The editorial reports that if the settlement offer is accepted, the money would be paid to the owners of 12,000 parcels of land. The owners would get an average of $1,500 each, although some would receive more and some less, the editorial says. Many of the residents involved in the lawsuit have scoffed at the offer, demanding a much higher compensation or a buyout. Brian Glass, an area resident, said of the offer, "It's a joke. It's a slap in the face to the community." Eugene Greener, one of the plaintiff's attorneys, has said that the offer is a "step forward." To raise the money, the editorial reports, the airport authority would sell about $18 million in revenue bonds, and use the funds to buy "aviational easements," giving the airport the right to fly over the high-noise areas. The acceptance of the offer would bring an end to the lawsuit.

The editorial also mentions the buyout program that the airport authority has had underway. The authority has bought 1,289 homes in Whitehaven, Oakhaven, Southaven, and the Charjean community since 1989, at a cost of $115 million. However, the editorial asserts, there should be limits to a buyout program.

The editorial claims that thousands of homes have been built in areas surrounding the airport in the past 20 years, and that everyone should have known that the airport was expanding and that more flights would cause more noise. For example, the editorial points out, in 1984, more than 100 homes were built just 1,000 feet south of an airport runway. Willard Fletcher, former airport authority president, said at the time, "Airports attract development like a dog attracts fleas. Developers build homes, people buy them and then they start complaining about the noise. That's the sequence, and not just in Memphis."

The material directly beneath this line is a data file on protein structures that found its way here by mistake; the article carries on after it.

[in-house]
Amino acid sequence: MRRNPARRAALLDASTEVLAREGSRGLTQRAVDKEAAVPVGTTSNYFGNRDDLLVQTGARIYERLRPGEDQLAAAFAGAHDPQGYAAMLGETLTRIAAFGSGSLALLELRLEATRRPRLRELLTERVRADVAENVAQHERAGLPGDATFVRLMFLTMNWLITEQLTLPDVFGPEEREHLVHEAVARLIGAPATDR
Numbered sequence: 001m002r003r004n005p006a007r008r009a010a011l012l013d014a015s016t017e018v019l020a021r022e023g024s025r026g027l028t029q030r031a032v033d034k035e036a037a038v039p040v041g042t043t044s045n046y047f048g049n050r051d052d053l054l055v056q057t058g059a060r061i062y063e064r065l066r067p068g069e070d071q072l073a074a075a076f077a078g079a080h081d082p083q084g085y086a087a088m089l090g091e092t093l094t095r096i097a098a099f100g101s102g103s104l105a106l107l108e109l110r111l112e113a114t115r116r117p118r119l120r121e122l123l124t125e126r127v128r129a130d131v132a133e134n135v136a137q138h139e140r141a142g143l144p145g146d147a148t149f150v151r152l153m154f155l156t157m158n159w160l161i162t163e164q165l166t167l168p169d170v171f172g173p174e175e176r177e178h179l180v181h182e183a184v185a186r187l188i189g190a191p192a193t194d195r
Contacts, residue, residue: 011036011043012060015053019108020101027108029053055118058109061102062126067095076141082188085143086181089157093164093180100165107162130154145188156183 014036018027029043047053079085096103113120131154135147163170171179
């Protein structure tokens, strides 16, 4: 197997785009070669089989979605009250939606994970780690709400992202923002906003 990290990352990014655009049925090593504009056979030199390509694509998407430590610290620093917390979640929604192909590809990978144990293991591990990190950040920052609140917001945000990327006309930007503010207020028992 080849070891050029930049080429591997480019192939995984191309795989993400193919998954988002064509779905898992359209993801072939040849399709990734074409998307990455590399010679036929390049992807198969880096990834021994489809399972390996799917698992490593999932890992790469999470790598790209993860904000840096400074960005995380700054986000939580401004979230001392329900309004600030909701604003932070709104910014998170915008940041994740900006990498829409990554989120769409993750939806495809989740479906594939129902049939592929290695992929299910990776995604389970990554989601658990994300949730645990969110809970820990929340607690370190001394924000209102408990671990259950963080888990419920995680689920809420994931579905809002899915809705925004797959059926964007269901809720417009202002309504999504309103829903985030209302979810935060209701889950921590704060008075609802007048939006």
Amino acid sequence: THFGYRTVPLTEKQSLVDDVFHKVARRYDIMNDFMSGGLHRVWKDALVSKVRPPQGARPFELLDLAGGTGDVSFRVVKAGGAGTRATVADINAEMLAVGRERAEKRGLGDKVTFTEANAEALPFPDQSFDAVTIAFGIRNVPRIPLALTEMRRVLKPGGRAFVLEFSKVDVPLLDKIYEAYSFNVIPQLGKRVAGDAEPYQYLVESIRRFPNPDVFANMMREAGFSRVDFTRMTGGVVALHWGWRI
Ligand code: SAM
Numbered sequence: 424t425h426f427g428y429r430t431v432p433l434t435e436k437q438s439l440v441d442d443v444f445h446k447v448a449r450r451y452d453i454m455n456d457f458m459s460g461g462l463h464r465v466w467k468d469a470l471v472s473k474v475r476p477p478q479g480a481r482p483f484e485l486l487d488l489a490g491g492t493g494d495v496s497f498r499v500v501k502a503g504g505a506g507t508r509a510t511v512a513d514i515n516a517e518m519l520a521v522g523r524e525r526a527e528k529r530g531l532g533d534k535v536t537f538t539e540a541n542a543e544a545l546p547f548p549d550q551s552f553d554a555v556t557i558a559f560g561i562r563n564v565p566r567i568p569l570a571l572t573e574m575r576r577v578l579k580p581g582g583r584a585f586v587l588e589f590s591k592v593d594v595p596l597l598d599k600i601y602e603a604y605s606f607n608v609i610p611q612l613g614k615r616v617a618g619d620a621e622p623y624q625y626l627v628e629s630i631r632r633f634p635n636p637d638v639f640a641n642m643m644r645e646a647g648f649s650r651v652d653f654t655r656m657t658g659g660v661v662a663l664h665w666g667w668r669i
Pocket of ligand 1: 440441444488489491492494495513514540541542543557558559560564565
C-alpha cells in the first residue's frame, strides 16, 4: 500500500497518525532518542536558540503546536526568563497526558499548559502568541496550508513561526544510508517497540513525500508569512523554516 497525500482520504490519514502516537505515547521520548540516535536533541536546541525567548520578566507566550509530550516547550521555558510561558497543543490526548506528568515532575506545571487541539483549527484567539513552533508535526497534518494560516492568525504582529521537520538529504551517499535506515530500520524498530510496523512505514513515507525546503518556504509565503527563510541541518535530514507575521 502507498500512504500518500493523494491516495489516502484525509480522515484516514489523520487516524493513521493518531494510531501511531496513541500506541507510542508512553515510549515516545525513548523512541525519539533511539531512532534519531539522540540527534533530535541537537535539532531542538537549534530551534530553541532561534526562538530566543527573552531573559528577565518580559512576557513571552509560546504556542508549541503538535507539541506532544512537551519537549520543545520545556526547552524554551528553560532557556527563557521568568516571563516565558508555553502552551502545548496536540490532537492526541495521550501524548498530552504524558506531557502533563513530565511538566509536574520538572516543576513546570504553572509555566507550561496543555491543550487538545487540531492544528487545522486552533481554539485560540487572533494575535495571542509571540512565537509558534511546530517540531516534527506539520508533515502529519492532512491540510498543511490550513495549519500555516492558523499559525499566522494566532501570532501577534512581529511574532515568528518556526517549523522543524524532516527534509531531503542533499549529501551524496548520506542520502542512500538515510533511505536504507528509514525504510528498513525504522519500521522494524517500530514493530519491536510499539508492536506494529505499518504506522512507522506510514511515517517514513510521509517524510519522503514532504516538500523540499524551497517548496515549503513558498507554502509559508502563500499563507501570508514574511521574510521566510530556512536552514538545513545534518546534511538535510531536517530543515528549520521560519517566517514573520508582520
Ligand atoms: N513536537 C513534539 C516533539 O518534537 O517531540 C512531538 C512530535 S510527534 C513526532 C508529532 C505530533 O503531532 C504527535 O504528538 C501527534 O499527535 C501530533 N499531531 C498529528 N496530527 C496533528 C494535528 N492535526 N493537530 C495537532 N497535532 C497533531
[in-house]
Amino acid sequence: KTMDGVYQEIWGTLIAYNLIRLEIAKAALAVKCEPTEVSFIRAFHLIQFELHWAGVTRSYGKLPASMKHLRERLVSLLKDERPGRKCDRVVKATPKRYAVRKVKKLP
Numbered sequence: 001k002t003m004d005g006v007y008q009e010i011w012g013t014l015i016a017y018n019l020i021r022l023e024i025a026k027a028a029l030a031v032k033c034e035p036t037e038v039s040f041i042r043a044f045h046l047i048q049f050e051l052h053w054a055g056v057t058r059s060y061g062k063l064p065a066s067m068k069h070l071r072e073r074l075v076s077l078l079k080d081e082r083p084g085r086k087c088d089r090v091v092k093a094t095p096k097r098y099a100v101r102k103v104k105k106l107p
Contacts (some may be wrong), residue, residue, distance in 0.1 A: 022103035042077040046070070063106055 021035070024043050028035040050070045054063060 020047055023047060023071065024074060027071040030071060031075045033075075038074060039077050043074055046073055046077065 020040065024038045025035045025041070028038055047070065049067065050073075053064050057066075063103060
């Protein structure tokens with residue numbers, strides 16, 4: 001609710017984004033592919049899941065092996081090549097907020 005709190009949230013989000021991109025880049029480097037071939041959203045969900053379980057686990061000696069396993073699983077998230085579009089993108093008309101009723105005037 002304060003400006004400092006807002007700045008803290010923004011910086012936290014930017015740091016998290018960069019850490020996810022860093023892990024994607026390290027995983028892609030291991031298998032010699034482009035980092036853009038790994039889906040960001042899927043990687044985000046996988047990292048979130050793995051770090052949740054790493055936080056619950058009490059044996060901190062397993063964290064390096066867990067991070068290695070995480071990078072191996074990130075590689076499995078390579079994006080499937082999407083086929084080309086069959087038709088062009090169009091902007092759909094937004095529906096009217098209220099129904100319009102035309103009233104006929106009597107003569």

As early as 1976, the editorial says, the city's Office of Planning and Development issued a study that showed even then that "noise exposure forecast" ratings surrounding the airport were unacceptable for residential areas. The city recommended then that land near the airport be used for parks or other open space, but homes were built instead.

The editorial asserts that draining the airport authority of all its money that could be used for expansion or shutting down enough flights so residents could sleep without noise would eliminate thousands of jobs and millions of dollars of economic activity in the area. The editorial says that Memphis would be a dying city without its transportation and distribution network, with the airport at the center of that network. Still, the editorials says, the airport authority has been committed to responding to noise problems.

The editorial recommends that the airport authority's offer is likely the best outcome for both sides, and advises the homeowners to take the offer, especially in the face of the difficulty of winning their case in court. If the offer is accepted, the editorial argues, homeowners will get compensation they might not get through the courts. The editorial ends by saying that the noise of the airport is the noise of economic growth, and we'd better hope we continue to hear it.